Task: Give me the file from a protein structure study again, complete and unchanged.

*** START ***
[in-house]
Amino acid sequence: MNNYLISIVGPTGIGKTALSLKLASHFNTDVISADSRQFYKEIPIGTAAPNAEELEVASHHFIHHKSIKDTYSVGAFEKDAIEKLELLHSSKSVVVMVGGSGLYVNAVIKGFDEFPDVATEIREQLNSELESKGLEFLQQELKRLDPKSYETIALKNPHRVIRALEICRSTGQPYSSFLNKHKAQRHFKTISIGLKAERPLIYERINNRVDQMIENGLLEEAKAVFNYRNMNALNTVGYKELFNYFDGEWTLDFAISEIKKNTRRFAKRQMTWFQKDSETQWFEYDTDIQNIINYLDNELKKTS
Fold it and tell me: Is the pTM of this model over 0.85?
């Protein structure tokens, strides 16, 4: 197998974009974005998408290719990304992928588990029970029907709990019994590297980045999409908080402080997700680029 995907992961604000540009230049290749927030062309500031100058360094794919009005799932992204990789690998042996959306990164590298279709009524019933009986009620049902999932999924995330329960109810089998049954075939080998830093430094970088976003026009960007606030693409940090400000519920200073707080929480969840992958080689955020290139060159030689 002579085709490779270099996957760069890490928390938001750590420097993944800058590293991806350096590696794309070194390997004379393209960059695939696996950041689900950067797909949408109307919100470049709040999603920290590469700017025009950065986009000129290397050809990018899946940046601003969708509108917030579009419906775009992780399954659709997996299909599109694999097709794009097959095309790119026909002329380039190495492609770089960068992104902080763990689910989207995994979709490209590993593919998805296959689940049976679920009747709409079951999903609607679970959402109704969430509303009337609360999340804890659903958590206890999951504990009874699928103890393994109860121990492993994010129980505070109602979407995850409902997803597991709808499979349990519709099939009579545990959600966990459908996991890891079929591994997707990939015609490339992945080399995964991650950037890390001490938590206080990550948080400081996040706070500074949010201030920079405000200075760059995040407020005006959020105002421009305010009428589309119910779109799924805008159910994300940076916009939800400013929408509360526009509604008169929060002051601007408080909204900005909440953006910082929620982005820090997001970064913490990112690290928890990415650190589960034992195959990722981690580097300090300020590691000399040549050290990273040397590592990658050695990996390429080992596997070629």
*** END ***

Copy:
[in-house]
Amino acid sequence: MNNYLISIVGPTGIGKTALSLKLASHFNTDVISADSRQFYKEIPIGTAAPNAEELEVASHHFIHHKSIKDTYSVGAFEKDAIEKLELLHSSKSVVVMVGGSGLYVNAVIKGFDEFPDVATEIREQLNSELESKGLEFLQQELKRLDPKSYETIALKNPHRVIRALEICRSTGQPYSSFLNKHKAQRHFKTISIGLKAERPLIYERINNRVDQMIENGLLEEAKAVFNYRNMNALNTVGYKELFNYFDGEWTLDFAISEIKKNTRRFAKRQMTWFQKDSETQWFEYDTDIQNIINYLDNELKKTS
Fold it and tell me: Is the pTM of this model over 0.85?
């Protein structure tokens, strides 16, 4: 197998974009974005998408290719990304992928588990029970029907709990019994590297980045999409908080402080997700680029 995907992961604000540009230049290749927030062309500031100058360094794919009005799932992204990789690998042996959306990164590298279709009524019933009986009620049902999932999924995330329960109810089998049954075939080998830093430094970088976003026009960007606030693409940090400000519920200073707080929480969840992958080689955020290139060159030689 002579085709490779270099996957760069890490928390938001750590420097993944800058590293991806350096590696794309070194390997004379393209960059695939696996950041689900950067797909949408109307919100470049709040999603920290590469700017025009950065986009000129290397050809990018899946940046601003969708509108917030579009419906775009992780399954659709997996299909599109694999097709794009097959095309790119026909002329380039190495492609770089960068992104902080763990689910989207995994979709490209590993593919998805296959689940049976679920009747709409079951999903609607679970959402109704969430509303009337609360999340804890659903958590206890999951504990009874699928103890393994109860121990492993994010129980505070109602979407995850409902997803597991709808499979349990519709099939009579545990959600966990459908996991890891079929591994997707990939015609490339992945080399995964991650950037890390001490938590206080990550948080400081996040706070500074949010201030920079405000200075760059995040407020005006959020105002421009305010009428589309119910779109799924805008159910994300940076916009939800400013929408509360526009509604008169929060002051601007408080909204900005909440953006910082929620982005820090997001970064913490990112690290928890990415650190589960034992195959990722981690580097300090300020590691000399040549050290990273040397590592990658050695990996390429080992596997070629």